Nothing is as important to comedy as timing. But in satire, timelessness counts for more. The novel Primary Colors caught Clinton mania right at its crest. When the roman à clef was published in 1996, most Clinton jokes were still told with a genial wink. People were still able to laugh about “bimbo eruptions” and good ol’ gals with big ol’ hair. There were some loud, dissenting voices around the edges, true. (I’ll get to The New Clinton Chronicles shortly, to look at just how loud and edgy the dissent could get.) But things hadn’t gotten truly sad or painful yet.
The movie Primary Colors hasn’t been so lucky with its timing. Mike Nichols’ comedy opened on March 20, only five days after a distraught Kathleen Willey went on 60 Minutes to talk about White House gropings; now its home-video version arrives just three weeks after The Speech and the President’s admission that he’s a liar. Suddenly its fast-track couple’s marriage of conveyance doesn’t seem so funny. That’s a shame, because there are good things in Primary Colors. John Travolta is a wonderful Clinton/Stanton, right down to the lazy roll of the hips; Emma Thompson is a wicked, tightly wound Hillary/Susan. And Kathy Bates is, as in nearly every film she makes, a fierce, funny force of nature, so far above the material she must need a telescope to read her lines.
Bates’ character–Libby, the tireless “dust-buster” loyalist–is also, alone of all the characters, the one who simply will not compromise. She and only she has things she will not do. So Primary Colors places her at its moral center. Yet both the book and (to a greater degree) the movie do something curious: They undercut her. She’s the only person in the story with a conscience; but, as both Primarys take pains to point out, she’s also mentally disturbed. This is where idealism leads a person, they say: Poor Libby is not strong enough for the real world, let alone real politics; best leave that to pragmatists like the Stantons.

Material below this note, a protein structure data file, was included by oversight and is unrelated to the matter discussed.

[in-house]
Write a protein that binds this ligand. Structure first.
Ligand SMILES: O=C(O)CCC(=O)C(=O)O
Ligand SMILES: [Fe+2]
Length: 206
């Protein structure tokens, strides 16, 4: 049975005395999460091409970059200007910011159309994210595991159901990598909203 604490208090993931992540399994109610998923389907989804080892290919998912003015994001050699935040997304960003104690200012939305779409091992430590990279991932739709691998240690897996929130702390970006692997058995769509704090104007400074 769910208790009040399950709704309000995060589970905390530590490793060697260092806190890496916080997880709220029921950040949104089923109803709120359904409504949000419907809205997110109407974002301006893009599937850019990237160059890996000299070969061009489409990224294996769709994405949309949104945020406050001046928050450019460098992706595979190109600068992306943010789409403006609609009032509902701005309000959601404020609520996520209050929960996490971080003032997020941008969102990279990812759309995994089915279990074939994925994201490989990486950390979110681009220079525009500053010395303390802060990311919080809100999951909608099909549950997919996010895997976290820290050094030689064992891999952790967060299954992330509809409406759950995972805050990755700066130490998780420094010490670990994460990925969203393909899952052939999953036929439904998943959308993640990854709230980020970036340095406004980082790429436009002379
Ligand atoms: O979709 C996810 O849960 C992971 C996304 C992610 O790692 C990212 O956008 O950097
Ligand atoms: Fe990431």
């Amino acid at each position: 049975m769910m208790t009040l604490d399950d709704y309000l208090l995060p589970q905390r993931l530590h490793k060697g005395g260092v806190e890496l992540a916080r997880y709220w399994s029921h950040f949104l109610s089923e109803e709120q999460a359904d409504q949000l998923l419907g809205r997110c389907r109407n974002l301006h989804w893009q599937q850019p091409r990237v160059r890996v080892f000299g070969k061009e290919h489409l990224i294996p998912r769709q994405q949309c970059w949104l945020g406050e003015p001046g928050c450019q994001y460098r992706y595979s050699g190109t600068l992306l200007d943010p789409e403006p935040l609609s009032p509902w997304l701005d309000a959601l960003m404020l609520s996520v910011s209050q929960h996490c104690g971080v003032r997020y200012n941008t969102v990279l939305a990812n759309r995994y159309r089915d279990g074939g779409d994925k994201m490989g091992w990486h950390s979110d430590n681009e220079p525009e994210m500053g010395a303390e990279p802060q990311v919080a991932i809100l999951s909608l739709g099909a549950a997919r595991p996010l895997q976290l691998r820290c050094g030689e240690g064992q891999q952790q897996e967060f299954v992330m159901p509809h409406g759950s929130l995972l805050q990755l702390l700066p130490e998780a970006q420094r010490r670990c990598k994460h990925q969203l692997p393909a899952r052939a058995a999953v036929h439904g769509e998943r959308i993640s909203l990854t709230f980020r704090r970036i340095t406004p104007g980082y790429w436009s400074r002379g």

The original book by Anonymous–that is, Joe Klein, who once protested his innocence as convincingly as any president–gave Libby one small victory. It left the ending open, allowing readers to think that perhaps her young confidant, the eager Henry Burton, had been won to her cause. Elaine May’s script, however, coldly takes that tiny achievement away. Its final shot is of Henry beaming as he shakes hands with Stanton at his Inaugural Ball; once again the ends justify the means, and to the spoiled belong the victories.
It’s a cynical touch, although still several worlds away from The New Clinton Chronicles, an updated version of a 1994 celluloid attack on the President by Citizens for Honest Government that links him not only to serial hanky-panky but to drug smuggling, money laundering, and murder. (Other video exposés from the family-values-focused Jeremiah Films: the shocking true stories behind evolution, Freemasonry, and Halloween.) But that’s not what makes Primary Colors sometimes difficult to enjoy. It’s the context that the Clintons’ own R-rated long-running saga (complete with product placements for the Gap and Zegna ties) has placed it in.
For how can viewers look at Primary Colors now in quite the way it was intended? The movie’s toothsome female volunteers (“muffins,” in the story’s parlance) now loom like potential Monicas; Stanton’s angry self-pity (“I just can’t catch a break, can I?” he complains, after being accused of impregnating a teenager) suddenly sounds less like a joke and more like the next-day transcript of a sour speech. The creepiest scene comes toward the end, when Libby pulls out the DNA tests that prove Stanton’s lied to everyone about his sexcapades. After Libby tosses them onto the kitchen table, Susan–perhaps the least sympathetic wronged wife in recent movies–simply turns her back and asks if this means the end of Jack’s political career.
“You see, Jack?” Libby says tearfully. “She isn’t even upset that you f—ed your 17-year-old babysitter. And you know why? It’s never the cheat who goes to hell. It’s always the one who he cheated on. That’s why you can still talk in that tenderhearted voice about being in it for the folks, and Susie here can only talk in that voice from hell about your political career. Now what kind of s— is that, Jack? Oh, excuse me. I forgot. It’s the same old s—. It’s the s— no one ever calls you on. Ever.”
Except, of course, the real Jack Stanton has been called on it. The real Susan Stanton is being forced to live through it. And what happens next–and how it happens, over the next few months and years–is the kind of human drama the dated Primary Colors cannot even begin to touch. Colors: B- Chronicles: C-